Nancy Sams Palermo ‘61, daughter of two Occidental graduates, was able to find a man at Occidental. Or it may be more accurate that her husband Pete Palermo ‘59, who said he dedicated a bench to her in loving memory after she died, found her.
Pete Palermo said it all started at a Wednesday night dance mixer at Occidental.
“She was dancing with somebody. I won’t mention the person’s name, but I think she wanted to get away from him,” Pete Palermo said. “Anyway, she dropped her purse and all her coins spilled out. Isn’t that the typical story? So I helped her pick up her coins and we started dancing.”
Pete Palermo said he was a senior when she was a sophomore, and he felt pressure then to find “the one” in college. He said his wife, an active member of the Gamma Kappa Theta Sorority and a synchronized swimmer, was popular and spirited. They shared similar interests, like both being Dodgers fans.
“She was cute. Let’s put it that way. She was always happy, smiling and had a good smile,” Pete Palermo said.
Pete Palermo said she became an elementary school teacher, and the two were married for 40 years. He said they traveled the world together: Italy, Switzerland, Austria, Germany, Norway, Denmark, Sweden, the United Kingdom and France.
“[Our daughter] would take [her children] to Occidental when they were little and as they grew up, and showed them the bench,” Pete Palermo said. “And they would talk about Grandma. You know, Nancy? That’s really what I take back from doing that. That memory lives there because my daughter made a point of it to take the grandchildren as they were growing up. Any time they came to town.”
For Mother’s Day in 2001, daughters Laurie Chatham ‘80 and Leslie Chatham ‘78 bought a bench in honor of their mother, Trudy Stratton Chatham ‘45, who attended Occidental during World War II.
“It wouldn’t be on an academic building. It wouldn’t be any place having to do with studying,” Leslie Chatham said. “It wouldn’t be in the library. We would never have donated a book. But a bench on the Quad— yes. The only thing that would have been better would have been a card table.”
They said their mother would tell just about anyone her life story.
“She made a splash,” Leslie Chatham said. “People remember her, and she remembered every detail of every person she pretty much ever met.”
One time they said the whole family visited a different college for a prospective student day. Their mom struck up a conversation with one student there — this student was from Guatemala.
“Within about 90 seconds, Mom not only knew who [this student] was and who her parents were, but she ascertained that she had actually visited this family when this girl was an infant,” Leslie Chatham said. “And likely changed her diaper.”
Laurie Chatham said when her mom went to Occidental, they had Dorm Mothers instead of Resident Advisors. Laurie Chatham said Dorm Mothers were often in their 40s and would oversee the women especially — Trudy Stratton Chatham would have to sneak past them after their set curfew.
Leslie Chatham said it disappointed her mom that there were not more men around her at the college; there were military men stationed on the campus, but they were kept pretty separate, and they were not in her classes. However, their mom still made plenty of friends at Occidental; the daughters said their godmothers both went to Occidental.
Trudy Stratton Chatham was likely drawn to Occidental because she had an affinity for LA and small liberal arts colleges — she also appreciated Occidental’s Presbyterian roots, Leslie Chatham said. Laurie Chatham said one of the reasons they decided to buy the bench was to celebrate their mom in life rather than remember her in death.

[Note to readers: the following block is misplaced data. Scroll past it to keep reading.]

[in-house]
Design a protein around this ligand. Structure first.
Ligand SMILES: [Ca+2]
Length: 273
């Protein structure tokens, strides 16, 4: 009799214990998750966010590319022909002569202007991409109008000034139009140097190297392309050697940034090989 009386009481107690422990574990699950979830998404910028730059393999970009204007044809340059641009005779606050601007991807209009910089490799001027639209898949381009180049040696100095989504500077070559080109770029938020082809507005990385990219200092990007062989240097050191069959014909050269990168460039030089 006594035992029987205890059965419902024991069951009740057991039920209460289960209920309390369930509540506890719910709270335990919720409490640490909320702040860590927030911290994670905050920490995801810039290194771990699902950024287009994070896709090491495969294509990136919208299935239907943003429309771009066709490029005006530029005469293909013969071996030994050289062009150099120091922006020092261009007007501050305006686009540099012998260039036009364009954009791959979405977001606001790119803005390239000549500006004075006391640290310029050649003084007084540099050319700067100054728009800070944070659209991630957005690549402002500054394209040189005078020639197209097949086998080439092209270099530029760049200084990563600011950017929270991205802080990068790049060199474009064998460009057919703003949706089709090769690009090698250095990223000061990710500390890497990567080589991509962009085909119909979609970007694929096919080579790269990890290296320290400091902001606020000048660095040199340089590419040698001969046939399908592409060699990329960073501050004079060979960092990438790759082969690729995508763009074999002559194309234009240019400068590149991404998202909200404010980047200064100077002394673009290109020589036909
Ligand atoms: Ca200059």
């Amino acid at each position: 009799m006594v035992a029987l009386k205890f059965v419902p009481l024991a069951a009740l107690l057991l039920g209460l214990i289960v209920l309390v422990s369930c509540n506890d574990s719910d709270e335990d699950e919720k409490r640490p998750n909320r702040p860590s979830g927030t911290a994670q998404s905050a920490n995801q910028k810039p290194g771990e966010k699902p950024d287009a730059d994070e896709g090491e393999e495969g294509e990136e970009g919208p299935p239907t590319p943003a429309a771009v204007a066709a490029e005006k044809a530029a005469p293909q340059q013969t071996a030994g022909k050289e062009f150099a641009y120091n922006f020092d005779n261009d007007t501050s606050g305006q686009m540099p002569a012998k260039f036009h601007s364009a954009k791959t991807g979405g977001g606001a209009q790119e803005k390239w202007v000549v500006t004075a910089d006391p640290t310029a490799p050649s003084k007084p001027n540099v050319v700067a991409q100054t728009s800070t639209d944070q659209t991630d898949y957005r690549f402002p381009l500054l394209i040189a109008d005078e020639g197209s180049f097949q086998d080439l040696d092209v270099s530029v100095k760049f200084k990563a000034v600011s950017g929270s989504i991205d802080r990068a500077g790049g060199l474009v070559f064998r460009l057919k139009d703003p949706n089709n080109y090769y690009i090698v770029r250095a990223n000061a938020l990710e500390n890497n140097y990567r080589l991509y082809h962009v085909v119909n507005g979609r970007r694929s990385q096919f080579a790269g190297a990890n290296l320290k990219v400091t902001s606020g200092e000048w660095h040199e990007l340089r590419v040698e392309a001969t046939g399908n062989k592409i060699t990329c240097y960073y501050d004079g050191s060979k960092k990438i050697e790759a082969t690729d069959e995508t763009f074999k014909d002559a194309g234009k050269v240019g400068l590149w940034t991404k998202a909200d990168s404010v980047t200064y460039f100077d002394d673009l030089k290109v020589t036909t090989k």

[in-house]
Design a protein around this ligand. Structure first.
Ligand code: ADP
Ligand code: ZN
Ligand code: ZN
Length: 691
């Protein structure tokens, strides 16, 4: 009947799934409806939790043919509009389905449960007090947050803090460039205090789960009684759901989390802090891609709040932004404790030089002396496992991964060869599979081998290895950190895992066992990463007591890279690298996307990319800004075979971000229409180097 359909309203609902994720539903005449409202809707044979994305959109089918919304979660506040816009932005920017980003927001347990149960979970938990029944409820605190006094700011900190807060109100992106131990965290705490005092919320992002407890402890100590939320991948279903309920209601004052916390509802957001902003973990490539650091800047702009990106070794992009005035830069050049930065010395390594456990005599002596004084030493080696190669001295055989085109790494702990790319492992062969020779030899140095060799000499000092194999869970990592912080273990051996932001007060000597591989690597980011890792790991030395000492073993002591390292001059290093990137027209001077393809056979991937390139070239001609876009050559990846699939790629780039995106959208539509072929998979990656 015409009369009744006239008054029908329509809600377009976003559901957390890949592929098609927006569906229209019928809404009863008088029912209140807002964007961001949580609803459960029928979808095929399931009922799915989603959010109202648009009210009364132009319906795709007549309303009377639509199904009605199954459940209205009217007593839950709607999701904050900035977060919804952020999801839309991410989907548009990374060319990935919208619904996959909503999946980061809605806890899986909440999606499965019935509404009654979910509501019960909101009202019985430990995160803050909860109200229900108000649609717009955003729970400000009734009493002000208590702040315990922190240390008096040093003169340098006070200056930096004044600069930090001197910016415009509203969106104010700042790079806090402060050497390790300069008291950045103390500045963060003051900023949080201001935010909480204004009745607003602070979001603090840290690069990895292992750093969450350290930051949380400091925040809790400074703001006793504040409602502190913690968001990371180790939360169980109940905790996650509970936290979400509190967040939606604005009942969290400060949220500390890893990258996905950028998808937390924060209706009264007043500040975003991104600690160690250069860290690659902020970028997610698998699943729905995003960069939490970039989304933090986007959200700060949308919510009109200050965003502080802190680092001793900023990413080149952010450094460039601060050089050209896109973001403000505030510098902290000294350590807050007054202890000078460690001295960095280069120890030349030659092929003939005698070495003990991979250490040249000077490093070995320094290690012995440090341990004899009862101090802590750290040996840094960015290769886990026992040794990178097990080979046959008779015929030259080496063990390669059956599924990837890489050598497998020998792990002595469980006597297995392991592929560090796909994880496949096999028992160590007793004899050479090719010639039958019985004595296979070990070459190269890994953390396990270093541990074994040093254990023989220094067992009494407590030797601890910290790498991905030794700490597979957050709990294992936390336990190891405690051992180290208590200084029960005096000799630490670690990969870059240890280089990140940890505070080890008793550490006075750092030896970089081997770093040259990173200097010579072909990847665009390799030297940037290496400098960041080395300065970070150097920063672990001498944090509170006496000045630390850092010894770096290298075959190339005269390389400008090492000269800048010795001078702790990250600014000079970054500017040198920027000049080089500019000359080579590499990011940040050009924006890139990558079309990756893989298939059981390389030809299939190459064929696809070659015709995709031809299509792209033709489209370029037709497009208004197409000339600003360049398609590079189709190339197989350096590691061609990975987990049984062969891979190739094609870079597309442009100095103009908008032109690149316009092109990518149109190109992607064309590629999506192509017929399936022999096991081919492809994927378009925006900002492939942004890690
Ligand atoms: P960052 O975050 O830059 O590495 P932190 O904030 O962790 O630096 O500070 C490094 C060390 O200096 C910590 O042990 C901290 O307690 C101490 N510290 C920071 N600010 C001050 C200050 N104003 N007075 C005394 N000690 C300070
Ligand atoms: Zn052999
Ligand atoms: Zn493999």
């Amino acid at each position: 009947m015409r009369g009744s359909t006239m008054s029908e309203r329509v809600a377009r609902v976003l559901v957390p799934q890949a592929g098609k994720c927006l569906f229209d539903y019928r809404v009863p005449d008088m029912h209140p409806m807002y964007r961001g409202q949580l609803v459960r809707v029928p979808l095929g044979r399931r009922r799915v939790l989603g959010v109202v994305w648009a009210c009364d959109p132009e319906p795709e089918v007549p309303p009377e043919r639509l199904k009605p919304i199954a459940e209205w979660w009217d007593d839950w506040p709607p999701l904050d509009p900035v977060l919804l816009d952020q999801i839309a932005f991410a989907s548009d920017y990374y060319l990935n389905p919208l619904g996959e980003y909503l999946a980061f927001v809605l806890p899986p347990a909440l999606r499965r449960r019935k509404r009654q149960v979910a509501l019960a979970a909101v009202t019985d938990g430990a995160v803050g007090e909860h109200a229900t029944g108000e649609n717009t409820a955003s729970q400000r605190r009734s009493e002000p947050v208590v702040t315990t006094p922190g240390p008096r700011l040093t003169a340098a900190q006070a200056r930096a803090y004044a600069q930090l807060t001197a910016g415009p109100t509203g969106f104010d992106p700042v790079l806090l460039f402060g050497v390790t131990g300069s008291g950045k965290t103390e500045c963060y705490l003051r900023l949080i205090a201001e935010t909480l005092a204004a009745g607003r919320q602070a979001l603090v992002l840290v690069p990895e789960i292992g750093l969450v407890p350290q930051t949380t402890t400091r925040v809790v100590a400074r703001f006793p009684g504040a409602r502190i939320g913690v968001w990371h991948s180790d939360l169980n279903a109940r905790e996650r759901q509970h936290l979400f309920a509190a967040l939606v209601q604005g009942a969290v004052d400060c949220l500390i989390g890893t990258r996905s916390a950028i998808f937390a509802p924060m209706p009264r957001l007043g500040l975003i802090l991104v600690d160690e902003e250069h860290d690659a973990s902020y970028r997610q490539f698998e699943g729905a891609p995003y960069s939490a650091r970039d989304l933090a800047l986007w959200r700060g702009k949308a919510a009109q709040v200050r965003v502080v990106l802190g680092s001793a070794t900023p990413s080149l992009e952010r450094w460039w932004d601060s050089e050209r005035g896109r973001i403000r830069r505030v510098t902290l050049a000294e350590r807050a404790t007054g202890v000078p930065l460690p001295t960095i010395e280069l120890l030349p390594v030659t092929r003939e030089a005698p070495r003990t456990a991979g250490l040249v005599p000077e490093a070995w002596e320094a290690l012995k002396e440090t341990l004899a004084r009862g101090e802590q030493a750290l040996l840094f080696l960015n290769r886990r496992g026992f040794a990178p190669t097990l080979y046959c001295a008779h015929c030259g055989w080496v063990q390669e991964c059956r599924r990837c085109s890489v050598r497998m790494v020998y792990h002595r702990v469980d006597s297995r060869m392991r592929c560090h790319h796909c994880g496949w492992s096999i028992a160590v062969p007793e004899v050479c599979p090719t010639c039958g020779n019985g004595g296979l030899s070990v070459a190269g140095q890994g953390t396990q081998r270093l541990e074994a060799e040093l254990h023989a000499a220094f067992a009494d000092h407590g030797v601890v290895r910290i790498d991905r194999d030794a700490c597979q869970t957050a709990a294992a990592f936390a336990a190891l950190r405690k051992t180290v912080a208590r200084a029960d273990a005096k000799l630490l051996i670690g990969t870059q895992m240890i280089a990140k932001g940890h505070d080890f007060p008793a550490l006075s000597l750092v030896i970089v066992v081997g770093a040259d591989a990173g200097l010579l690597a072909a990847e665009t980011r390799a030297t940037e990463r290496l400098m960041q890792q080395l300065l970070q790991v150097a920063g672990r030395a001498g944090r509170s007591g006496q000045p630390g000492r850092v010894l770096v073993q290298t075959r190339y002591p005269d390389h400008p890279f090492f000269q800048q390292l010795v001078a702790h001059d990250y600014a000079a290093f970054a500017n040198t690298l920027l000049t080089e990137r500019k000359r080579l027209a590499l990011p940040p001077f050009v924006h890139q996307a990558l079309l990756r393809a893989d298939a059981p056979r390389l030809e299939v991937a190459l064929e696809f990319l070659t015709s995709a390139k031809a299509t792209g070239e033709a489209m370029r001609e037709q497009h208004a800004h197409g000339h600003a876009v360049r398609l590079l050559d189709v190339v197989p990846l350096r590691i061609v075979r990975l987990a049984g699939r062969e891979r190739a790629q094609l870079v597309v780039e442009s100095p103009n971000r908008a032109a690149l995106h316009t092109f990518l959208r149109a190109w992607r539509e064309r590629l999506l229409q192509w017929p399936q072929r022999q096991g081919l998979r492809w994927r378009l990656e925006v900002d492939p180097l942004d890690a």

“We gathered for Thanksgiving. We made a little sojourn out to the bench, and did a bunch of photo ops, and [Mom] was really thrilled,” Laurie Chatham said.
Laurie Chatham said her son Alex Chatham Toy ‘14 also went to Occidental, and he told her there was something wonderful about being able to sit and study on his grandmother’s bench.
“We make light of [Trudy Stratton Chatham’s] sociability, but a lot of the time it was for the good,” Laurie Chatham said. “She was looking to see where she could make a small difference for people.”
Bob Bozzani ‘51 is 93 and said he dedicated a bench in honor of his parents, Mary and Joseph Bozzani, who were immigrants from Italy — they did not attend Occidental, but they are the reason Bob Bozzani could attend.
“They were proud that their only son went to college,” Bob Bozzani said. “I knew that they gave me something that they couldn’t quite afford. I just knew it within. But there was never a mention. Never, never, never any mention that they sacrificed.”
Bob Bozzani said his father was a car dealer and he followed in his footsteps with that profession.
“[My father] had a way of talking that [people] really loved,” Bob Bozzani said. “He kept a little accent purposely because it added to his personality.”
Bob Bozzani said his mother was a very social homemaker, and Italians admire their mothers because they know how hard they work.
“I’ll tell you how bad of a student I was [at Occidental],” Bob Bozzani said. “I was shy, and I almost flunked public speaking.”
However, he said that his public speaking class came in handy later in his life. He also found a world religions class he took at Occidental to be memorable because he ended up traveling abroad a lot in his life. He and his wife visited India 80 times, Bob Bozzani said.
“I truly enjoyed being on [the Occidental] campus again,” Bob Bozzani said via email. “Being with all of those students walking around the campus was good vibrations. I know you are fortunate to be there, so I do hope you enjoy your time there.”